You may already be conscious and diligent about integrating a nutritional diet into your healthy lifestyle, but does the idea of working to help others find the right mix appeal to you?
If so, a Nov. 23 informational open house hosted at the Canadian School of Natural Nutrition (CSNN) in Victoria could be your opportunity to take the next step on that pathway. Learn how to harness your passion and turn it into a professional certification as a Registered Holistic Nutritionist.
“The open houses are a chance for prospective students to experience the school, hear from instructors what and how they teach, and get a sense of what students would be learning,” says Dona Bradley, R.H.N., manager of CSNN Vancouver Island.
Helping sift through the details
When it comes to finding good information on healthy nutrition, the public is faced with conflicting reports from online sources and word-of-mouth suggestions about the latest fad diets, Bradley says. That’s where a knowledgeable nutritionist can help, she says.
“It’s hard for people to sort out what is the truth, what isn’t and what is simply people trying to sell us something. People seem more confused now than less; they seem to really need that common-sense approach to regaining their health in a natural way.”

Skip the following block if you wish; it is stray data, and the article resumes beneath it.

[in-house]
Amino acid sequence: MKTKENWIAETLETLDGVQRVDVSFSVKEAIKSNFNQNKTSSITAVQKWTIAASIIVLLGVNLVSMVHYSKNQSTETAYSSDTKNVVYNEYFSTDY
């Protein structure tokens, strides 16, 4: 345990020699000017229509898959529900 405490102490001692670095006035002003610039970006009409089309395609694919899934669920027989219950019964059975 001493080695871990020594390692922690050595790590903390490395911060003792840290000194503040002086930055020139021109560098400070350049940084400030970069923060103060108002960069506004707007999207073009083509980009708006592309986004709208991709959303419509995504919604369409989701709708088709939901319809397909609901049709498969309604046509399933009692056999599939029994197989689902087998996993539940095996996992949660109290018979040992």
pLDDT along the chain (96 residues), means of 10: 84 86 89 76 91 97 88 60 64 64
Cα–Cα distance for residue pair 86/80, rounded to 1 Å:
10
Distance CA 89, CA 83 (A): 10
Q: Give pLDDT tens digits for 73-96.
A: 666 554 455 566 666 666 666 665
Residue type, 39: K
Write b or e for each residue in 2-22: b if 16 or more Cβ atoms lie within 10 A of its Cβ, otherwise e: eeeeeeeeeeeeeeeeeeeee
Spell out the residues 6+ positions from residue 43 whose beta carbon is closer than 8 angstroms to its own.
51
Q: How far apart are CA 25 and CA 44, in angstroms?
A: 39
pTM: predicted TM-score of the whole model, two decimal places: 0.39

CSNN’s curriculum is based about 30 per cent on “hard science” and the rest on social sciences, which Bradley says is critical for taking a holistic approach to health. “We also teach about the anatomy and pathology of the body, how it works and what it needs to function well in terms of the macronutrients and micronutrients.”
It’s about more than just food
The school’s motto, “Learning to Change Lives,” is not a hollow promise, says Victoria campus manager of CSNN Vancouver Island, Audrey Sidnick, R.H.N. It’s a commitment to giving students the tools to help future clients sort out what works for them healthwise, and what doesn’t. “It’s definitely about more than food, we need to understand the body,” she says. “It’s not only what you eat, but what your body can do with that.”
Learning to understand the science around food, and how natural nutrients affect the body is a way to help more people veer away from today’s prevalent pharmaceutical route, where “there’s a pill for everything,” she says.
Every person has individual nutritional needs
CSNN, which has been “teaching the medicine of the future” since 1994, does not advocate any one type of dietary habits. Instead they take an integrative approach that sees diet as just one part – a constantly changing one, based on bio-individuality, lifestyle, an individual’s health plan and personal preferences, Sidnick says.
If you’re unable to make this time, an earlier open house happens in Nanaimo on Nov. 16 from 1-4 p.m. at 2C-91 Front St. (RSVP to eventbrite.ca for this event). Email firstname.lastname@example.org or call 250-741-4805 for more details.